The heart rates and their corresponding fitness points of the researcher under various conditions are as shown in table 6. Tables 7, 8, 9, and 10 show the similar data from other subjects: Tania, Manuel, Edgar, and Cynthia respectively.
The results show that subjects who recorded high heart rates under various conditions also scored low fitness points under the various conditions investigated. To illustrate, Tania and Manuel recorded lower heart rates under all the conditions than their other three counterparts. Consequently, they scored higher in fitness than their counterparts. Figure 1 shown below shows the relationship between the average heart rate and fitness score based on the data of the five subjects who took part in the experiment.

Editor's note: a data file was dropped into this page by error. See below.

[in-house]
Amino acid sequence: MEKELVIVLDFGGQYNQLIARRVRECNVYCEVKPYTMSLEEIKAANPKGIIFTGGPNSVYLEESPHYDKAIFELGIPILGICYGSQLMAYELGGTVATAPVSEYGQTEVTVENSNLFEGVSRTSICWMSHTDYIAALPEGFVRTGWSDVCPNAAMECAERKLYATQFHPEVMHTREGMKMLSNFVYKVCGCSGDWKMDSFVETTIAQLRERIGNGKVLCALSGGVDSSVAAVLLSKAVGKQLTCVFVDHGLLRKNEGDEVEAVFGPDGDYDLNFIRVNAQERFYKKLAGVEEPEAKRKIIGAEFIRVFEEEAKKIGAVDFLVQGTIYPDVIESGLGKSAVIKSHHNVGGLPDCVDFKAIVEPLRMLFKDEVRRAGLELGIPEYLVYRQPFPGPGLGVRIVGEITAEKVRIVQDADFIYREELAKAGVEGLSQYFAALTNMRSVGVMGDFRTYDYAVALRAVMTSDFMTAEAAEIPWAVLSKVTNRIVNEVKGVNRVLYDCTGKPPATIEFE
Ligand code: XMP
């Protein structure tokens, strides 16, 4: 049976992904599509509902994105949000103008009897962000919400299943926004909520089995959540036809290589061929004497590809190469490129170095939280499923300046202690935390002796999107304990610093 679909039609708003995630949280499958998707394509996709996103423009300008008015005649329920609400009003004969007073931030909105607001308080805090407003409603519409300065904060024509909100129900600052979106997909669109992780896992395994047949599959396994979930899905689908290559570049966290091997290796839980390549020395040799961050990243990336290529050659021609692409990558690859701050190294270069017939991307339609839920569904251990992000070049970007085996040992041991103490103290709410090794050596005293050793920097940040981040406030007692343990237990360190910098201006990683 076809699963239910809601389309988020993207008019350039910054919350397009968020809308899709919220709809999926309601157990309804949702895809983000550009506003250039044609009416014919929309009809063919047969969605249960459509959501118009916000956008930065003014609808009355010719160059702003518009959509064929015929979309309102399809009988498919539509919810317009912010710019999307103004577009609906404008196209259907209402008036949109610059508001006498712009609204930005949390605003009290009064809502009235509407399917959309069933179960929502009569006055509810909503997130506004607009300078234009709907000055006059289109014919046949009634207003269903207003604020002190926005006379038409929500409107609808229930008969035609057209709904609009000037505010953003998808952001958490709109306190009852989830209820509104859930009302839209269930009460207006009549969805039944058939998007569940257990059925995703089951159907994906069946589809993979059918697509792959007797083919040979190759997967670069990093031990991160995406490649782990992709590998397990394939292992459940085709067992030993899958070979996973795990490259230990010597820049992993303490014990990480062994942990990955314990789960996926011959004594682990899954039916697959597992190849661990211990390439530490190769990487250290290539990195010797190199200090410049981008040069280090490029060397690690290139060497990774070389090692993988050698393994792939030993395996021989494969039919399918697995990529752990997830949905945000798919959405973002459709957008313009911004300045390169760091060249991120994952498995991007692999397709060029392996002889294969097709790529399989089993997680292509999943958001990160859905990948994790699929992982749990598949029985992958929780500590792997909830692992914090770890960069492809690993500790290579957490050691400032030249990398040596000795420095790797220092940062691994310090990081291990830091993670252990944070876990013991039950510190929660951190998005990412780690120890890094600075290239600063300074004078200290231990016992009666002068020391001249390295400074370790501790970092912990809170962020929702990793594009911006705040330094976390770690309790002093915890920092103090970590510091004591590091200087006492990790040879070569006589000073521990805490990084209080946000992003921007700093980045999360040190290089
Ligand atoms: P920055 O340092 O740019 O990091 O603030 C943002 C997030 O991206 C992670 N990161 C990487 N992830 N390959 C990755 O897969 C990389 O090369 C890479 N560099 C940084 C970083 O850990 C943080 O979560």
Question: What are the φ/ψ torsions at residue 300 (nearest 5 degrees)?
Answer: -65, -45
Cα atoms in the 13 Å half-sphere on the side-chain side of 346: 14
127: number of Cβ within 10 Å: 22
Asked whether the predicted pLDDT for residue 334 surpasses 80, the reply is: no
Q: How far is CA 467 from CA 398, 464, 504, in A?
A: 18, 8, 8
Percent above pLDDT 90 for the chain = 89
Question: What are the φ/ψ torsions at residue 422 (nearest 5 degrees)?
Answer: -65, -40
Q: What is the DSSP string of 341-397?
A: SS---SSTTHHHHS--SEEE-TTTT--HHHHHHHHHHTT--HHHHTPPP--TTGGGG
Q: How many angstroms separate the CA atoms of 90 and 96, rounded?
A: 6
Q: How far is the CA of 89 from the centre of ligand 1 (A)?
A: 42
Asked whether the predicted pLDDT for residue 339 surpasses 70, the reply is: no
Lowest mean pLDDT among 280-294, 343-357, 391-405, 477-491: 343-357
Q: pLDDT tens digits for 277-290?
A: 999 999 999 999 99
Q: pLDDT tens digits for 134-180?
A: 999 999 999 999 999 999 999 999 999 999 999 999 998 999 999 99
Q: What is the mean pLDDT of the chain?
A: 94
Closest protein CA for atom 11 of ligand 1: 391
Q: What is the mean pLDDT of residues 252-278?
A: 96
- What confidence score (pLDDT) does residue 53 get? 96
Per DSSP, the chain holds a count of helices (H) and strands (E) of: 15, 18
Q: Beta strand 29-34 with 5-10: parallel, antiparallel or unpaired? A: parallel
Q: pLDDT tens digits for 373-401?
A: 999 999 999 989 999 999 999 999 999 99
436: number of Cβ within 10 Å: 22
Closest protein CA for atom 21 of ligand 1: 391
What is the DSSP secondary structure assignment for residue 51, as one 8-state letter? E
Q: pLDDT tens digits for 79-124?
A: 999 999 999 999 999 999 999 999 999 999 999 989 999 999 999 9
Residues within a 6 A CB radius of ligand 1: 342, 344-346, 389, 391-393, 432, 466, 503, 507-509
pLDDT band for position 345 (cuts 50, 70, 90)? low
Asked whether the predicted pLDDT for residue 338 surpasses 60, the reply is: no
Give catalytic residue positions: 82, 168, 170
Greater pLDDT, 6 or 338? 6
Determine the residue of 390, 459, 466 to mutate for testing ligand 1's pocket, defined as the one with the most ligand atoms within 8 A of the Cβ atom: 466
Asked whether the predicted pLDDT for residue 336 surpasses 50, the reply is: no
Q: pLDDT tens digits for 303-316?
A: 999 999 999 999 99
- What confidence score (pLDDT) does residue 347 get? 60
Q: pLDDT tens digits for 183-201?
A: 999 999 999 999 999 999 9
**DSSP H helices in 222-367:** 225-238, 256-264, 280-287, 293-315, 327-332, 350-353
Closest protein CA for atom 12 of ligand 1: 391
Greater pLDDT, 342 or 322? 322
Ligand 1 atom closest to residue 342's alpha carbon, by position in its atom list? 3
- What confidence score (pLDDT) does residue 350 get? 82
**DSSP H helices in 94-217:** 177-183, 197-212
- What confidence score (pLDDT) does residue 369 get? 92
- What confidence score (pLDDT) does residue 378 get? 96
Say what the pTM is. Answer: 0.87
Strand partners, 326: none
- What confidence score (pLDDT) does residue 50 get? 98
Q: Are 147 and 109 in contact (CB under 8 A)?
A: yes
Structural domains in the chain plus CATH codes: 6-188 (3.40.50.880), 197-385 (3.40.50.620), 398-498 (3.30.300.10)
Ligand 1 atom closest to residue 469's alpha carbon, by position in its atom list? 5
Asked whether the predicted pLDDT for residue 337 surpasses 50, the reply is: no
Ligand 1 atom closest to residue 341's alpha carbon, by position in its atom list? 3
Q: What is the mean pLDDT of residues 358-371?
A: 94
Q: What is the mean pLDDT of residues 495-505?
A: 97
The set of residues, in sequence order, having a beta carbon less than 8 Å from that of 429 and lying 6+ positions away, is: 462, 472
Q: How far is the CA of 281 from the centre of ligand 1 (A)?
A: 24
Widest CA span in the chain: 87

Figure 1: The relationship between average heart rate and total fitness scores
The experiment found that exercise increases heart rates. An explanation for this observation is that during intense physical activity, the need for energy rises, hence, prompting the heart to pump blood faster in order to deliver energy in time.
The experiment shows that the subjects who recorded high heart rates ended up scoring low fitness points. Based on figure 1, Cynthia who has the highest average heart rate also recorded one of the lowest fitness points in all the subjects. This experiment shows that the researcher is the least physically fit followed by Cynthia. In conclusion, the experiment shows that the higher the level of physical fitness is, the lower the heart rate becomes under all conditions and vice versa. Therefore, the findings from this experiment support the hypothesis.
Bjorklund, Ruth. Circulatory System. New York: Marshall Cavendish Benchmark, 2009. Print.
Vijayalakshmi, I B, P S. Rao, and Reema Chugh. A Comprehensive Approach to Congenital Heart Diseases. New Delhi: Jaypee Brothers Medical Publishers (P) LTD, 2013. Print.